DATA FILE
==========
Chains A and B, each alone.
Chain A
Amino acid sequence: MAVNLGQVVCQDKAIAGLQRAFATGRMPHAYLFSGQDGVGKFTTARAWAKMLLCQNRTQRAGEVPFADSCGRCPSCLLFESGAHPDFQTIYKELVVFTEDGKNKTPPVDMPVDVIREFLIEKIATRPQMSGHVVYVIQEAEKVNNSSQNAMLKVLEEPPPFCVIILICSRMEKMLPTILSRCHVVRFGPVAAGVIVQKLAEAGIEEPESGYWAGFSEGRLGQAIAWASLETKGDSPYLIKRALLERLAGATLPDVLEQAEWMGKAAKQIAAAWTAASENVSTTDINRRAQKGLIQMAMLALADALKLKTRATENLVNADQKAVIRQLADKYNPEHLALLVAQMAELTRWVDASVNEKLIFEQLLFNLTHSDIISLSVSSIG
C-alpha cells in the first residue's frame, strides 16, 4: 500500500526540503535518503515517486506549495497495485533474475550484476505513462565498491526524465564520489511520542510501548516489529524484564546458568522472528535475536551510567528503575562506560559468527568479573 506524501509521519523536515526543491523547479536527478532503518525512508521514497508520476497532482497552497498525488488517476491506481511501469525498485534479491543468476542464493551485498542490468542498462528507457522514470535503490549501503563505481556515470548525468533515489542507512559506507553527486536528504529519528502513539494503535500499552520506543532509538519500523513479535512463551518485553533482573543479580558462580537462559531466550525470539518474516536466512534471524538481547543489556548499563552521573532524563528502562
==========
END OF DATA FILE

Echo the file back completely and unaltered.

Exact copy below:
Chains A and B, each alone.
Chain A
Amino acid sequence: MAVNLGQVVCQDKAIAGLQRAFATGRMPHAYLFSGQDGVGKFTTARAWAKMLLCQNRTQRAGEVPFADSCGRCPSCLLFESGAHPDFQTIYKELVVFTEDGKNKTPPVDMPVDVIREFLIEKIATRPQMSGHVVYVIQEAEKVNNSSQNAMLKVLEEPPPFCVIILICSRMEKMLPTILSRCHVVRFGPVAAGVIVQKLAEAGIEEPESGYWAGFSEGRLGQAIAWASLETKGDSPYLIKRALLERLAGATLPDVLEQAEWMGKAAKQIAAAWTAASENVSTTDINRRAQKGLIQMAMLALADALKLKTRATENLVNADQKAVIRQLADKYNPEHLALLVAQMAELTRWVDASVNEKLIFEQLLFNLTHSDIISLSVSSIG
C-alpha cells in the first residue's frame, strides 16, 4: 500500500526540503535518503515517486506549495497495485533474475550484476505513462565498491526524465564520489511520542510501548516489529524484564546458568522472528535475536551510567528503575562506560559468527568479573 506524501509521519523536515526543491523547479536527478532503518525512508521514497508520476497532482497552497498525488488517476491506481511501469525498485534479491543468476542464493551485498542490468542498462528507457522514470535503490549501503563505481556515470548525468533515489542507512559506507553527486536528504529519528502513539494503535500499552520506543532509538519500523513479535512463551518485553533482573543479580558462580537462559531466550525470539518474516536466512534471524538481547543489556548499563552521573532524563528502562